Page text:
Ikids Director Helps Kids Have Fun in Spite of Restrictions

By Joan Janzen

Three years ago, Chantal Palynchuk took on the position of director of iKids Club in Kindersley. The club is a non profit organization for kids ages 4 to 9 years where they play gym games, electronic games, and enjoy crafts and a snack each week at 800 – 12th Avenue East. The high energy games are always a welcome addition for kids to expend some of their vast amounts of energy, which the kids enjoy, but their parents also appreciate picking up a child at the end of the evening who is physically tired.

“Normally we had twenty to thirty kids attending club nights,” Chantal said, but that all changed when restrictions began to be added to the mix. Nevertheless, Chantal and her team of volunteers realized the importance of keeping the club up and running, in spite of all the restrictions. They were determined to find a way to make it work.

“We cut the number of kids in half, to fifteen, and with the new restrictions cut it down again to eight kids,” Chantal explained. In addition to the regular Thursday night iKids, Chantal added another club night on Tuesday evenings, so more children could attend.

“In my mind it was important to give kids a place to socialize, especially while some of their parents were working from home. We had to find games that promoted social distancing,” Chantal said. One of the games the children played was a creative version of tag called Dr./Virus. A child wearing gloves and holding a hand full of shaving cream would run and tag other children with the cream, while a doctor would come along and wipe it off. “It showed how the pandemic was working, and the kids loved it when we played it at iKids Camp, so we played it at club as well,” Chantal said, referring to iKids Camp which is a day camp held during the summer months.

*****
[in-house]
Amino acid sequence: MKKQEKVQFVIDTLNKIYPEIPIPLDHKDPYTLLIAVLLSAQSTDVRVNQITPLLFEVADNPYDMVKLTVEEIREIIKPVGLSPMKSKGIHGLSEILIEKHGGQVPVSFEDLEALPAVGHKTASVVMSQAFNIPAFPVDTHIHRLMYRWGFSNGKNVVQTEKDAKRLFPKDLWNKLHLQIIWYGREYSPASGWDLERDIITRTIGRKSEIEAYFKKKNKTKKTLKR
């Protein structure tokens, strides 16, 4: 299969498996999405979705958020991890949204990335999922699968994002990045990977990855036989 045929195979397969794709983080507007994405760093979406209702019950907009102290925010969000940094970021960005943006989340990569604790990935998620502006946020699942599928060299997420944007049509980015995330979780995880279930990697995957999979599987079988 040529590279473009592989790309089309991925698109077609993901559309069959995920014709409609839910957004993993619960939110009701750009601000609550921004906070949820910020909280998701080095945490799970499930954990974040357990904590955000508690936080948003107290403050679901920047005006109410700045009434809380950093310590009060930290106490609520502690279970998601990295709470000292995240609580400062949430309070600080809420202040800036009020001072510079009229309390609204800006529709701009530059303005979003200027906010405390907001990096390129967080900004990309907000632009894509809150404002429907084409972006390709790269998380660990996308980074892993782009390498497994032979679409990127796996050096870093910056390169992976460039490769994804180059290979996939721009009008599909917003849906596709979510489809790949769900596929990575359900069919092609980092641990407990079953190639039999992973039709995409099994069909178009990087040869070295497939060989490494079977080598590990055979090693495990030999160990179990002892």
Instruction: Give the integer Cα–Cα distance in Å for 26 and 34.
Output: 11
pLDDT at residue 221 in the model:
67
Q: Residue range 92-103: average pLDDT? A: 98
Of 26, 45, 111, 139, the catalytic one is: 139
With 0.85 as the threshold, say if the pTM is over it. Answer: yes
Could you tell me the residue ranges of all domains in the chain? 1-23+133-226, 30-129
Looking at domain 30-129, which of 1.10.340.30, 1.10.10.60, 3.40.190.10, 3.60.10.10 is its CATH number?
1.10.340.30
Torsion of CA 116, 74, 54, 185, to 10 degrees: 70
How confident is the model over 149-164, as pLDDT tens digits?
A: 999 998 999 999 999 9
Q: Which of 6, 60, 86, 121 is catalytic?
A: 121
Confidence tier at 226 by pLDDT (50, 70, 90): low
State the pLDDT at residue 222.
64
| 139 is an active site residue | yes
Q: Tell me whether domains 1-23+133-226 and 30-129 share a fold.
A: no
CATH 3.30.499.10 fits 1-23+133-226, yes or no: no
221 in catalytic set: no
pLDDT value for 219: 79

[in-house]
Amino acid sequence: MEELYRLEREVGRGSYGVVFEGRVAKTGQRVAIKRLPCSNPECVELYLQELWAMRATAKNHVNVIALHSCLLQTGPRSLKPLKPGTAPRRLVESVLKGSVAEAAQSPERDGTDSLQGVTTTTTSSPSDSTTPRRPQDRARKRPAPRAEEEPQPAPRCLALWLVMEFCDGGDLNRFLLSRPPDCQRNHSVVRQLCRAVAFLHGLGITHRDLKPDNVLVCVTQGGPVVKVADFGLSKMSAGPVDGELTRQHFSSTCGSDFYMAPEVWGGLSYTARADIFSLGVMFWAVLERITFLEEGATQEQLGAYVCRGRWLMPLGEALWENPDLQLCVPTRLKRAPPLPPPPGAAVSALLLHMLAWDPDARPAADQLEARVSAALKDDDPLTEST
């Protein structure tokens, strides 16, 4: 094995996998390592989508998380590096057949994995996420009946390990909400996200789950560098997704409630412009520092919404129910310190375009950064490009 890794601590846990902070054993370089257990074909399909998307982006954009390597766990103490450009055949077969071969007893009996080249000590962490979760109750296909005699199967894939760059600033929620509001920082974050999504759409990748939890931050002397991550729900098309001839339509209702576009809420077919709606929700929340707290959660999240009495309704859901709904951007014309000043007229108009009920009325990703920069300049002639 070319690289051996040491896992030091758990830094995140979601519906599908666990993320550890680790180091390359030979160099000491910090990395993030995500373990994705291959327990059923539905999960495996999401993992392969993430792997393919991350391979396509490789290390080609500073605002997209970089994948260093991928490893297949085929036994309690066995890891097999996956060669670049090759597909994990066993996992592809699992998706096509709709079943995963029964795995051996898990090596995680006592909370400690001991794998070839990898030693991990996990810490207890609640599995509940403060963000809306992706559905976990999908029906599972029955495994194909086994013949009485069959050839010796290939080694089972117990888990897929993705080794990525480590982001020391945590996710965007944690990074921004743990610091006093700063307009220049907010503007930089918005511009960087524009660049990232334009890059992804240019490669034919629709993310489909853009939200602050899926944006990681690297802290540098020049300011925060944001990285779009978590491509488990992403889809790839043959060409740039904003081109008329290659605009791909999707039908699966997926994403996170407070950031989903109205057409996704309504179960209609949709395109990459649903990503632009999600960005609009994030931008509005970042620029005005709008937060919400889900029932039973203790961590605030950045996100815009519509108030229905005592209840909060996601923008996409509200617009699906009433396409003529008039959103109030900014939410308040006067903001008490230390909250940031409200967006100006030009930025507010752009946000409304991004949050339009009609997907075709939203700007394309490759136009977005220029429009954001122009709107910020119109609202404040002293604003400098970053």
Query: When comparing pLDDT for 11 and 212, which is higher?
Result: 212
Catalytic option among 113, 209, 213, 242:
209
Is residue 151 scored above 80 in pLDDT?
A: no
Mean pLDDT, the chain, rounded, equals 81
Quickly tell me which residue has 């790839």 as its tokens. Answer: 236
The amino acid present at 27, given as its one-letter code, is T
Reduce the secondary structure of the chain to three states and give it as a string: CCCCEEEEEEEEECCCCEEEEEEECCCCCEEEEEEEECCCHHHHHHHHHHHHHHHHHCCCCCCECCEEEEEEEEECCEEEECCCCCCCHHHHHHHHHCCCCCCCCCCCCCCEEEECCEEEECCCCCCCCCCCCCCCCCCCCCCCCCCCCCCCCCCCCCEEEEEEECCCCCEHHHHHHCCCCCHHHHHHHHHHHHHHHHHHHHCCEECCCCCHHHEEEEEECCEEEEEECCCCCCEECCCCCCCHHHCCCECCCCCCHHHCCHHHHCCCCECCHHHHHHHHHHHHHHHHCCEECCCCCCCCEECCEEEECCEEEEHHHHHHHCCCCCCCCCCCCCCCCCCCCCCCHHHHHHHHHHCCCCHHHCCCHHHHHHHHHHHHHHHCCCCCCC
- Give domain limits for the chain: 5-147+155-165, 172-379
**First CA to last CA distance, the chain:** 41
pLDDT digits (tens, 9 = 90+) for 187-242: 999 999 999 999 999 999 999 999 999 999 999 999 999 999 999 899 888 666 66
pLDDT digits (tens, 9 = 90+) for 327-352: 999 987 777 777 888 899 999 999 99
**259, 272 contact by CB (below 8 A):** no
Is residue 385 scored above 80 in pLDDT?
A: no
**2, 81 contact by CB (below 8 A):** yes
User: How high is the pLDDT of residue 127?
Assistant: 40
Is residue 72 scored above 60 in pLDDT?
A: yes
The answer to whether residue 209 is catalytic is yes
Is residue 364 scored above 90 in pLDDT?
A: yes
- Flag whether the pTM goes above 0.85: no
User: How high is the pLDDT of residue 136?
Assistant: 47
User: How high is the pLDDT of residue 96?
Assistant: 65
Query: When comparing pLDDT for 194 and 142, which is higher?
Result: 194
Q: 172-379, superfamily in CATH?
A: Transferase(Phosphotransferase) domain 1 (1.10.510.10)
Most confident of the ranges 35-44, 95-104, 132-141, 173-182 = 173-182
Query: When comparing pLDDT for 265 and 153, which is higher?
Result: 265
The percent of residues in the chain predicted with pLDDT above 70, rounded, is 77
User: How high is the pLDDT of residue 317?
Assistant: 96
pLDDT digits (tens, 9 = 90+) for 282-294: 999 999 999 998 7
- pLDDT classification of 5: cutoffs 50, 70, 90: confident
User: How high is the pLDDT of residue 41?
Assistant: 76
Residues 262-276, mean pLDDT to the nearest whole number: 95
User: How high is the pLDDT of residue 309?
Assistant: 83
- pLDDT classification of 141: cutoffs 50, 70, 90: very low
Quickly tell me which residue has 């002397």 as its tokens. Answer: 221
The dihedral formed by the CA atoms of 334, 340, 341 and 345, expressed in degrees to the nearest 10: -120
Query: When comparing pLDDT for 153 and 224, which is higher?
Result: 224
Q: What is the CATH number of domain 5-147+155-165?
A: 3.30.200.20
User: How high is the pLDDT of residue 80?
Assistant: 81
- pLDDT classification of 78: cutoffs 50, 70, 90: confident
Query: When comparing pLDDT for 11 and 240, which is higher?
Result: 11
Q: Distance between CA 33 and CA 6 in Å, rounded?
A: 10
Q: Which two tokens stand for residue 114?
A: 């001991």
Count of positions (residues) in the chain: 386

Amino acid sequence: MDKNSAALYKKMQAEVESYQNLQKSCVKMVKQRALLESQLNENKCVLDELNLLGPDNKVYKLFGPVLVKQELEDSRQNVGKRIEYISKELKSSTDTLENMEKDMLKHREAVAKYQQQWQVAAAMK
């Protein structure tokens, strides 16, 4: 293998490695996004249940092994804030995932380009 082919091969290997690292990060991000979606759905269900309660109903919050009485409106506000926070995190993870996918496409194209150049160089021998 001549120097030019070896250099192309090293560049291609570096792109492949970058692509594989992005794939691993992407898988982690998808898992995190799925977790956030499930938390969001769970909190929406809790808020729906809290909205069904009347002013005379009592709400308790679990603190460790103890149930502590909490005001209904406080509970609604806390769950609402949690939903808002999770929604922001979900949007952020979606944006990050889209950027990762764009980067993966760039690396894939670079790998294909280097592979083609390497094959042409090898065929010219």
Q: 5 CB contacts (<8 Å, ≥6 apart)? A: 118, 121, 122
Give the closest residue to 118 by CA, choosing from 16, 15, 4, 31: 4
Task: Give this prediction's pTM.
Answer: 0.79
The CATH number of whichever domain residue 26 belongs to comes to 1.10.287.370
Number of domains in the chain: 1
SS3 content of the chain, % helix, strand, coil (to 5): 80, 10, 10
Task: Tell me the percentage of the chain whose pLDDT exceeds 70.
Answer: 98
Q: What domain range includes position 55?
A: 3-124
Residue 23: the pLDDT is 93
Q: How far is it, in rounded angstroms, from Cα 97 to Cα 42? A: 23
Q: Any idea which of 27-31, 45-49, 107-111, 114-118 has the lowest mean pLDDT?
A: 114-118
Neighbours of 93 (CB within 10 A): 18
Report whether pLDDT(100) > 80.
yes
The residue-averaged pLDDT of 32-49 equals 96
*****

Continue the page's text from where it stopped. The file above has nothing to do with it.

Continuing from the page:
“We created some literacy games, with the focus this year being encouraging math skills and literacy,” Chantal explained. “We’re basically making things fun for kids, while maintaining our mission statement which is to help kids to be kids. And we had everything to create structure that allows increased awareness of space, but still allows kids to play with their friends.”

Club nights are a time when kids can exercise their motor skills and play word games and counting games. The kids miss the bouncer castles and nurf gun wars that they were accustomed to before the regulations, but Chantal said her team has learned how to follow the restrictions without allowing it to stop the kids from having fun.

“It’s been a good experience to learn different strategies that will help us prepare for camp this summer,” she said. “I like that I get to be creative and find new ways to do things. I enjoy the challenge, and I love seeing kids’ faces light up when they try out something new. I want a place where kids can be themselves, learn and grow without any inhibitions.”

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